But a logo doesn’t make a brand, and there’s little evidence on the country’s slick microsite to suggest any broader visual or verbal rollout. Without this strategic depth, the result feels more like a stamp than a system.

The real test for any place or nation brand is whether or not the destination lives up to the promise it’s making. The new brand site speaks of five fundamental values for the nation: “Tolerance, coexistence, fraternity, openness and acceptance of differences” and of “a land where the word “impossible” does not exist”. The new strapline reinforces this, but these words feel shallow. Although “progressive” policies are beginning to emerge from the nation, these values mask a reputation and record on human rights that feels at odds with everything this identity is trying to signal. Only time will tell if the forward-thinking ambition is genuine.

Daniela Meloni, design director at FutureBrand:

It’s a great idea to communicate a sense of unity and cohesion across the seven emirates but unfortunately, the brand identity lacks humanity and warmth. It’s too focused on an emotionless idea of the future, at the expense of acknowledging the country’s rich heritage. The typography is quite impersonal and corporate whilst the composition very hard to use. A missed opportunity.

Choosing a form representative of the geography of the region is risky as the seven emirates don’t have an easily recognisable shape in the same way as countries such as the UK or Italy. The association with the eagle has been lost which is a shame and the lines are too sharp and engineered to resemble the fluidity of the sand dunes, the sea waves and the beautiful Arabic calligraphy.

Branding should always be done with longevity in mind. One of the other entries featuring beautiful, strong calligraphy would have delivered better in terms of life span, being very simple and sophisticated, modern without alienating the past.

Matthew Jones, creative director of Accept & Proceed:

This is what happens when you get a load people together and get them to design something by committee. The story goes that they brought together 49 Emirati artists, poets and designers who collectively then created logos in a one day workshop. And then to compound things they got the public to vote on their favourite mark!?

The idea that anyone can create, or judge design has to stop. This inclusivity, this trend of letting anyone ‘have a go’. A similar thing happened when New Zealand attempted to redesign their flag, instead of commissioning one of their great design studios, they opened it up to the public — because everyone’s a designer now, right? Has nobody learnt from the fable of the Homer Simpson car?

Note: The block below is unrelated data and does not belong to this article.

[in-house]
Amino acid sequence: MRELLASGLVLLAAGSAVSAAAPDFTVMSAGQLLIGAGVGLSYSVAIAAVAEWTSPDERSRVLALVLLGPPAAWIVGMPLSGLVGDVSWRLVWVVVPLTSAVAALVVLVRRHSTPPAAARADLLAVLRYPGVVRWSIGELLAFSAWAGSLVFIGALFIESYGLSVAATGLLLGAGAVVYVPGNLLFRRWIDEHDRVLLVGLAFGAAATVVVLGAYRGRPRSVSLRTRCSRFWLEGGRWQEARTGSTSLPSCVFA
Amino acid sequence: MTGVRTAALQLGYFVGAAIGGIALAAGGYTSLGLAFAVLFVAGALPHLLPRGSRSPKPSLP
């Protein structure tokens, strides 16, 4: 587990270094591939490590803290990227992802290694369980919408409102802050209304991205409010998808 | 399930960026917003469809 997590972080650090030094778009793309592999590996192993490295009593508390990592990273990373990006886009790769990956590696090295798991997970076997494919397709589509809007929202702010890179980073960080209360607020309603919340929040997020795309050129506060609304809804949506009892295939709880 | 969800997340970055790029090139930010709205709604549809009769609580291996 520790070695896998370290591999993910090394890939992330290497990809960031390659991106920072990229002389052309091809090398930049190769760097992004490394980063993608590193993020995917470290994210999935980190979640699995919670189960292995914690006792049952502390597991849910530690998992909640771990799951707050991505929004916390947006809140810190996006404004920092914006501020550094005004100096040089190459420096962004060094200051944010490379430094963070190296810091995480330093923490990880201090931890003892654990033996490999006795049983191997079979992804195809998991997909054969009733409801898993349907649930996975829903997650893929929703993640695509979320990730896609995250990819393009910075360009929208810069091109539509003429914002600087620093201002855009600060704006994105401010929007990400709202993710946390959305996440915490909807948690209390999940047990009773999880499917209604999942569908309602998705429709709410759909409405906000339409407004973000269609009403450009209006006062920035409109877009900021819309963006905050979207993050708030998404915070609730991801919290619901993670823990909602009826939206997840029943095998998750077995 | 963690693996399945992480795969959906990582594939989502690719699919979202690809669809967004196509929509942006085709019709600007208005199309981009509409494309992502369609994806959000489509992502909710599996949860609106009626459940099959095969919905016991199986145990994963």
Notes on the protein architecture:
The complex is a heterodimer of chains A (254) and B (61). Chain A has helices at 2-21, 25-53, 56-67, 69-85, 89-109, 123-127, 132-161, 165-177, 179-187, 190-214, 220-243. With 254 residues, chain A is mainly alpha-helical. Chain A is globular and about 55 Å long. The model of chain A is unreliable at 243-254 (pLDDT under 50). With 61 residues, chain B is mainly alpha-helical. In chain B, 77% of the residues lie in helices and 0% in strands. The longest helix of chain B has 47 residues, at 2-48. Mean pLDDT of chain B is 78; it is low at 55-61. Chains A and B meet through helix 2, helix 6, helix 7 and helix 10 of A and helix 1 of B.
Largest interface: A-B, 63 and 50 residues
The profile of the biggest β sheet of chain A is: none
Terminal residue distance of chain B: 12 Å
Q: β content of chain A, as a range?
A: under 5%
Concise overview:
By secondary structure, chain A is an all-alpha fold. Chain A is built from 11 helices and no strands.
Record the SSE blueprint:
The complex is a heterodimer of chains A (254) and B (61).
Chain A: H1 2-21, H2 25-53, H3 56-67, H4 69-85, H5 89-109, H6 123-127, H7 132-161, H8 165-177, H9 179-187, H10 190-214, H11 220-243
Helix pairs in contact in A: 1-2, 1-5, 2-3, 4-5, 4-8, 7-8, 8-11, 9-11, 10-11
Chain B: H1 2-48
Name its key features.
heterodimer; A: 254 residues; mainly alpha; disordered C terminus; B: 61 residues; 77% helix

I would be very surprised if they are still using this in 2030, let alone 2070.

Chris Tozer, associate creative director at Mr B & Friends:

The new UAE logo is simple, clean and abstractly represents what it needs to. But my problem with it is just that, it’s a logo, not a coat of arms or an emblem. Of course it’s tempting to make things contemporary and progressive but in an age of oversimplication and homogenisation, designers also need to bear in mind when it’s appropriate to use a bit of detail and craft to create a sense of stature, importance and significance, particularly when it needs to represent a country and last for the next 50 years.

I think retaining a nod to a crest, coat of arms or some form of cultural or historical symbol would have been an important part of the brief. As it stands it could be mistaken for a bank, an airline or miscellaneous corporate company. The same can be said for the generic tagline unfortunately.

What do you think of the new logo and identity?

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Comments
  • Alex January 13, 2020 at 4:43 pm

    Corporate looking and the lock ups are very awkward to say the least. I would be interested to see how this actually rolls out as there is no identity at the moment, just a bland logo.

  • Simon Ward January 14, 2020 at 8:33 am

    Matthew you’re spot-on. Completely agree with “The idea that anyone can create, or judge design has to stop”. Nailed it sir.

  • Louai Alasfahani January 14, 2020 at 8:53 am